“It was my dream to be in a safe place; back in my country, the Americans told me to come to the U.S.,” Razmal said shortly after the shooting. “But what happened here is more than everything I faced in Afghanistan.”

Razmal and Skyview Villa’s other Afghan residents came to Sacramento with Special Immigrant Visas granted because of their service alongside U.S. and NATO forces. Many of these new arrivals have been grouped together by refugee resettlement agencies in low-rent apartment complexes in Sacramento County.

Skyview is occupied almost entirely by Afghan refugees, said Dr. Fahim Pirzada, a special visa holder and former protocol officer at the U.S. Embassy in Kabul. He now works as a medical translator and runs a nonprofit called VIRTIS (Veterans, Immigrants and Refugee Trauma Institute of Sacramento) to help his countrymen deal with trauma.

Skyview, he said, “has become a refugee camp.”

‘Third World’ housing

Some high-ranking American veterans and public officials say the predicament of Skyview’s Afghan residents is not unusual – it’s being replicated all over the country. They say the United States has fallen far short of providing adequate housing and resettlement services for people who put their lives on the line.

The chorus of critics includes U.S. Rep. Earl Blumenauer, D-Portland, who authored the 2008 law allowing Afghans who worked for the U.S. in the war to qualify for Special Immigrant Visas.

“Before we are done, we will have probably spent $2 trillion on the war in Iraq and Afghanistan and its aftermath, and we can’t spend the time and money to deal with people who protected Americans and made it possible for them to successfully operate,” Blumenauer said, his voice breaking, in a phone interview with The Sacramento Bee. “The quality of SIV (Special Immigrant Visa) housing can be downright Third World. We have an obligation to smooth their re-entry into society, to help them with accommodations that are not primitive, that are safe.”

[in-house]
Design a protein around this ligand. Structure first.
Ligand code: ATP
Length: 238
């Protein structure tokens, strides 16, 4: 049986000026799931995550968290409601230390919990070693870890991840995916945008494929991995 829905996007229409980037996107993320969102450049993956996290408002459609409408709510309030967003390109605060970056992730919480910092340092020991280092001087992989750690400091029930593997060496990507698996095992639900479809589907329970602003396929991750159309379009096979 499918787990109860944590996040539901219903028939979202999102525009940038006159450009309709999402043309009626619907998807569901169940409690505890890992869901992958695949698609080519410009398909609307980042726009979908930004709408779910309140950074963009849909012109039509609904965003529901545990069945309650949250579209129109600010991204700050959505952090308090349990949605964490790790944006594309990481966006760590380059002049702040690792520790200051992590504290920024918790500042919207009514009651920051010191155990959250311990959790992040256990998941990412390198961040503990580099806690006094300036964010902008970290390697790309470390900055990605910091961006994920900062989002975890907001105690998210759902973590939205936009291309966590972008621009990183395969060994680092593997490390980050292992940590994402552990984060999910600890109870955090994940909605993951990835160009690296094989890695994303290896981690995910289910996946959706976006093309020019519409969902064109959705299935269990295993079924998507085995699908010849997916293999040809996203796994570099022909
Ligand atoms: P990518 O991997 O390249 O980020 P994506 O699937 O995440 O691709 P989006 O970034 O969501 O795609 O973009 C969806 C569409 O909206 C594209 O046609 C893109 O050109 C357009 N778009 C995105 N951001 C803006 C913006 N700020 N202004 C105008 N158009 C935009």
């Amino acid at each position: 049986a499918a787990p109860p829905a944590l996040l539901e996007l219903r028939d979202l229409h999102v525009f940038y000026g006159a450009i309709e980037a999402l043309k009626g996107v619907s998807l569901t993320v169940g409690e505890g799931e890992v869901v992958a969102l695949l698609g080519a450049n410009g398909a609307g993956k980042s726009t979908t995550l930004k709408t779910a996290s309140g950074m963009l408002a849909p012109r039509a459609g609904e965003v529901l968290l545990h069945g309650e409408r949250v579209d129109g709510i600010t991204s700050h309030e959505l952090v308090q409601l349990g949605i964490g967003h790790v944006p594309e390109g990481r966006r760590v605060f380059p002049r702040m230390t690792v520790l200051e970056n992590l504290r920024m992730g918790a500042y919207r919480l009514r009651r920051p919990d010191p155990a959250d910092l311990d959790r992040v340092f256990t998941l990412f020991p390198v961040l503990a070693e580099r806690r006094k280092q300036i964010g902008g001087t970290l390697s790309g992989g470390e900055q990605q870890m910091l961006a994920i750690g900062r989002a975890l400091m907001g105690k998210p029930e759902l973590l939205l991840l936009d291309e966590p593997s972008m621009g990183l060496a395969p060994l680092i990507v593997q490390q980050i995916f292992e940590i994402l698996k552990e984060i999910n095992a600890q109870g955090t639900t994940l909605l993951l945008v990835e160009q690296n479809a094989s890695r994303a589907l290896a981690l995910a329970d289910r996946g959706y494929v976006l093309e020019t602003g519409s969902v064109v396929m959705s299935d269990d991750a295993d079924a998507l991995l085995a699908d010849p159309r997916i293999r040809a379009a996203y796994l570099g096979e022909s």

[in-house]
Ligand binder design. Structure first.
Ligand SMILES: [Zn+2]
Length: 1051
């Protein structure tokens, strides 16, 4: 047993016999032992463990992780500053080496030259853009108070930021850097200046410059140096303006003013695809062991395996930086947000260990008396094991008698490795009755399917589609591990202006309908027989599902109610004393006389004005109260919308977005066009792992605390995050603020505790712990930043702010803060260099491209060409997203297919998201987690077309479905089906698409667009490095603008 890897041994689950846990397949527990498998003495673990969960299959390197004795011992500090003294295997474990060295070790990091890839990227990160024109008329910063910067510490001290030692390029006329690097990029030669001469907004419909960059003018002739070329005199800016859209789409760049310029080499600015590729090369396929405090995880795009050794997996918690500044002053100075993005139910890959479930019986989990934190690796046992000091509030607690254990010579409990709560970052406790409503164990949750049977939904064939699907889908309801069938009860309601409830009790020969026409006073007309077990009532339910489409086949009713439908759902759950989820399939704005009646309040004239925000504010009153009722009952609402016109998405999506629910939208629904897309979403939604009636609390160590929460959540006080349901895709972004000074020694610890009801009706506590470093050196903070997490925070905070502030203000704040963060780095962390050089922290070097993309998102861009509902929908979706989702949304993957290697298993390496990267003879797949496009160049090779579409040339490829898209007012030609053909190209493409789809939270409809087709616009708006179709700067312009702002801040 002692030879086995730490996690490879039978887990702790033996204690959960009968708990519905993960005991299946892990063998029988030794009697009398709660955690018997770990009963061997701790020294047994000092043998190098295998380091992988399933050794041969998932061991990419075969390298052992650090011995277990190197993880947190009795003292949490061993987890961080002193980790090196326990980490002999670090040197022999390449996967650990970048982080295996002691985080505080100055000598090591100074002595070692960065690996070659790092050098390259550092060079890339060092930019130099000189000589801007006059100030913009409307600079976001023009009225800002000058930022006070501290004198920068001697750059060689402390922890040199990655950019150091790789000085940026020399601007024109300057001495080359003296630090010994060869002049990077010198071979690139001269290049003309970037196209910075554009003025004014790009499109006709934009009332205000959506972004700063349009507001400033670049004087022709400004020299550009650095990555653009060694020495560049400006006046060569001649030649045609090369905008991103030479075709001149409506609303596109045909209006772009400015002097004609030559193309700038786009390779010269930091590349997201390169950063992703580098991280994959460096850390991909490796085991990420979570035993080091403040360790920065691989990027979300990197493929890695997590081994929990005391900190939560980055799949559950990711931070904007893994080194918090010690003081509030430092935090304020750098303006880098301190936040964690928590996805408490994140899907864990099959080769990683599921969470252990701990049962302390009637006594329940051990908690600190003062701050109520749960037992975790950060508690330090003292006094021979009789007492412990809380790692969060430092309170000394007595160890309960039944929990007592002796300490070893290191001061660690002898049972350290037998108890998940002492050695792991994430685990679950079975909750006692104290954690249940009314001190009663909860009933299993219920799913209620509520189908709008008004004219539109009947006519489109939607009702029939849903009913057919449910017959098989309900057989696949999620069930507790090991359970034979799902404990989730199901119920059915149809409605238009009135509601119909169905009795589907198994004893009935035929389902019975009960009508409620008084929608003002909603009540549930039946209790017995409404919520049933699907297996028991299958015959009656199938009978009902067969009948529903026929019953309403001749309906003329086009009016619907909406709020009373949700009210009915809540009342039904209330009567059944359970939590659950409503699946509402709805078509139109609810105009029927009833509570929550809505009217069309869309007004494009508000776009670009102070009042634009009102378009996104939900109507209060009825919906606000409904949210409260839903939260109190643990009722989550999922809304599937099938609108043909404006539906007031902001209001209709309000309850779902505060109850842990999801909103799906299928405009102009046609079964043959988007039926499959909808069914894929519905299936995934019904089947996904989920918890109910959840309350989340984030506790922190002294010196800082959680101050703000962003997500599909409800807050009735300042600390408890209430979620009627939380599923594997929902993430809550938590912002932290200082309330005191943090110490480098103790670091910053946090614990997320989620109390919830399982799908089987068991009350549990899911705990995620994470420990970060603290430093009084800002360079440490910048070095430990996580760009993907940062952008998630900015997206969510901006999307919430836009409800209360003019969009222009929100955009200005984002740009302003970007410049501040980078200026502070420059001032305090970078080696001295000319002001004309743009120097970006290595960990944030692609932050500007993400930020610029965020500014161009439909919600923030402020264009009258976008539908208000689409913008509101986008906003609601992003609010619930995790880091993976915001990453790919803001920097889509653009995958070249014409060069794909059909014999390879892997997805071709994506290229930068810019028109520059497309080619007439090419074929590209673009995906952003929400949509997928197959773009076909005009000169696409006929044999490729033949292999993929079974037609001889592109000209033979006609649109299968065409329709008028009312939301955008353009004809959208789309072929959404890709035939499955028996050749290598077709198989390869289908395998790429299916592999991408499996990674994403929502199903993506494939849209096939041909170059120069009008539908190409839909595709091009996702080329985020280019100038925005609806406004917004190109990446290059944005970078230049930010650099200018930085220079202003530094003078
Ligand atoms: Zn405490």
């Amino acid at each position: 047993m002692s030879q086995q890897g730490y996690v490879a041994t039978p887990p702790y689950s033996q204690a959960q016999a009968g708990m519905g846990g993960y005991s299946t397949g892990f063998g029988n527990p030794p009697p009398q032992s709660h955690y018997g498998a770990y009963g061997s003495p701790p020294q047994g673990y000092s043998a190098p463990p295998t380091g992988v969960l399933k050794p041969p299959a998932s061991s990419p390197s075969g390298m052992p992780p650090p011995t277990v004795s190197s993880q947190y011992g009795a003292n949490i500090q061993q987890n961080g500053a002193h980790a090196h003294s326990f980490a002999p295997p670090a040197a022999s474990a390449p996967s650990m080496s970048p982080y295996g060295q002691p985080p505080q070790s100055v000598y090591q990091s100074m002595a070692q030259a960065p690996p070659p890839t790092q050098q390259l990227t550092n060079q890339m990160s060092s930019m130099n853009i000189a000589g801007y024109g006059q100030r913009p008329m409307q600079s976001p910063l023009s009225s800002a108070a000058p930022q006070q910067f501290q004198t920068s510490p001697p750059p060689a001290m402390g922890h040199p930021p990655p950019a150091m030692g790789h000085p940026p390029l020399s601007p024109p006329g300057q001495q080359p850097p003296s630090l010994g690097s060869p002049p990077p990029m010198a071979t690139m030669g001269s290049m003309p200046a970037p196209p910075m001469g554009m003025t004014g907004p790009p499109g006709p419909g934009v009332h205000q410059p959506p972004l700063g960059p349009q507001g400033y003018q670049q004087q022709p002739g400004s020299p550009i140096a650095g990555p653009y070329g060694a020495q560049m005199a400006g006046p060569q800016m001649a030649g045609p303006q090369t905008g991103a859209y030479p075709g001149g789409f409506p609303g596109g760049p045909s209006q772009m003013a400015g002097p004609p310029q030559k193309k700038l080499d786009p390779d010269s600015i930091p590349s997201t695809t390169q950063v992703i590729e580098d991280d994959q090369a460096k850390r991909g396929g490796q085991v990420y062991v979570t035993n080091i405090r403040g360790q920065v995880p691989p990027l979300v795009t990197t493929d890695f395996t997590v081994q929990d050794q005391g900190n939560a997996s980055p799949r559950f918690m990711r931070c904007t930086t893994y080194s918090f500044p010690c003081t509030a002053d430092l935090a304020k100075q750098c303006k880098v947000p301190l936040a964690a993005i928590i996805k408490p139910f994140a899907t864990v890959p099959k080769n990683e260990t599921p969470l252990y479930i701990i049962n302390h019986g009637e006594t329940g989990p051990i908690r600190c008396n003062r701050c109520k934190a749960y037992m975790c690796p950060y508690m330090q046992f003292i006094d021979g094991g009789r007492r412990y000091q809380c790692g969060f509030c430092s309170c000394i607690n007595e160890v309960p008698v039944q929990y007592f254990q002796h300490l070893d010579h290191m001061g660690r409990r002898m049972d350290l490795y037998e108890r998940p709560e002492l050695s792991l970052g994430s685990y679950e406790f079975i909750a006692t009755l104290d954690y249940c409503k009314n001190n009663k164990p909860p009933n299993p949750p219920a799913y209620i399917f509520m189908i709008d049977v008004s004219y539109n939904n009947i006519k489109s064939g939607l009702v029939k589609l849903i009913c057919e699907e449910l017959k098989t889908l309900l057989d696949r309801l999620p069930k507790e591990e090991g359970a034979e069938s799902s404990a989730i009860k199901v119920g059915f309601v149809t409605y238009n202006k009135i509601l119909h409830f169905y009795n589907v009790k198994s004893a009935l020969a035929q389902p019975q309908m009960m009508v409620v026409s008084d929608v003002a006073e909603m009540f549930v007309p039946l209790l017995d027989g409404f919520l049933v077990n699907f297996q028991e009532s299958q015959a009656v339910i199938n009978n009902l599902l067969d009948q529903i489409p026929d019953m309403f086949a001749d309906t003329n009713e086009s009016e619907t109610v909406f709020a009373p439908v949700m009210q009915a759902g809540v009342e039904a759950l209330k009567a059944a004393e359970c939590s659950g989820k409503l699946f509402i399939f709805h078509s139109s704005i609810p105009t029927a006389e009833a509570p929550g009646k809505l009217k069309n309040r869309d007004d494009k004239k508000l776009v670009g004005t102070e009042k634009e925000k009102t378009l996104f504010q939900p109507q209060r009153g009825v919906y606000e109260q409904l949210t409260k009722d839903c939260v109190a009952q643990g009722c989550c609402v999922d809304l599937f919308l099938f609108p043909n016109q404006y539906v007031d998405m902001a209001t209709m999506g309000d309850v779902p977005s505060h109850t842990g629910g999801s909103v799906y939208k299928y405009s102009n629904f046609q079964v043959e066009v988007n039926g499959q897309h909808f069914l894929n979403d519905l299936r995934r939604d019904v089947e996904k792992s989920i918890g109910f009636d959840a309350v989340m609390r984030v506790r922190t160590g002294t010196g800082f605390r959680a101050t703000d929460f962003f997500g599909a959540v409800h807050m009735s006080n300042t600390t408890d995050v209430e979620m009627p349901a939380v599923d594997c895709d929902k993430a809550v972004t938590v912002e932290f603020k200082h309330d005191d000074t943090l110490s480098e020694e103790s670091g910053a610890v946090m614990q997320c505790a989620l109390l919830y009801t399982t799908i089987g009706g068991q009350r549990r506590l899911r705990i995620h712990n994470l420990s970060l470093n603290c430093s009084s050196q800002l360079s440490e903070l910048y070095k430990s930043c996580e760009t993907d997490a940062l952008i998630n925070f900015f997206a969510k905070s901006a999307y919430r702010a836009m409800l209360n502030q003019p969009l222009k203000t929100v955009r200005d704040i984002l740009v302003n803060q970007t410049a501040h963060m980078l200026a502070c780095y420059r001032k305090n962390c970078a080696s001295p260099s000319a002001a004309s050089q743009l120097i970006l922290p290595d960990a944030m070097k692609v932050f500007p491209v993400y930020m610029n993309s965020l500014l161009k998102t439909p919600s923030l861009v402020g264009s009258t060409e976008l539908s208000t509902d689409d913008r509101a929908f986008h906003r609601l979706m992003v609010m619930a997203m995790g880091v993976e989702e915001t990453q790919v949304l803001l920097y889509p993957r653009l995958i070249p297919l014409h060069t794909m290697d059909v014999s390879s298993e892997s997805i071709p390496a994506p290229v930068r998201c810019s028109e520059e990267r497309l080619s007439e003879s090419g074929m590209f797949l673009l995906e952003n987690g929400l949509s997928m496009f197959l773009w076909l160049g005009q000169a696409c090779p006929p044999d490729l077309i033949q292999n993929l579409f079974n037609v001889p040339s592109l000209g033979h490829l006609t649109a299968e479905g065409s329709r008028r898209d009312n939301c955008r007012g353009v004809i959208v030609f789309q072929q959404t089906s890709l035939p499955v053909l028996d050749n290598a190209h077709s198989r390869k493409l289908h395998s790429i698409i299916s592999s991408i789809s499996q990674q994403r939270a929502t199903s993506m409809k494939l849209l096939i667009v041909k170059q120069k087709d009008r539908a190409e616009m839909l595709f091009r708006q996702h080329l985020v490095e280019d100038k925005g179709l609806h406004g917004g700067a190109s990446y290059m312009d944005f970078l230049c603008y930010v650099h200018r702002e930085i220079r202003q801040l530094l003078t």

In Sacramento County, most of the new Afghan arrivals have been placed in housing by four refugee resettlement agencies: International Rescue Committee, World Relief, Opening Doors and the Sacramento Food Bank. They are housed in a dozen apartment complexes – places Razmal and his friends call “compounds” – that offer relatively low rent and aren’t particular about the immigrants’ lack of a U.S. credit history.

Skyview Villa, where Razmal lives with his wife and two young children, has become a focal point of anger among its Afghan residents. They point to horrific roach and bedbug infestations, and say their landlord does little to keep criminals from trespassing.

 
As her two children nap under a blanket on the floor, Madeema Razmal sobs uncontrollably after arguing with her husband about the condition of their new upstairs apartment at Skyview Villa. They moved to the second floor in February to feel more secure, but the rugs were dirty and bugs were a problem. She continued to worry that her husband would never get a good job again because his face is scarred and disfigured from his injury.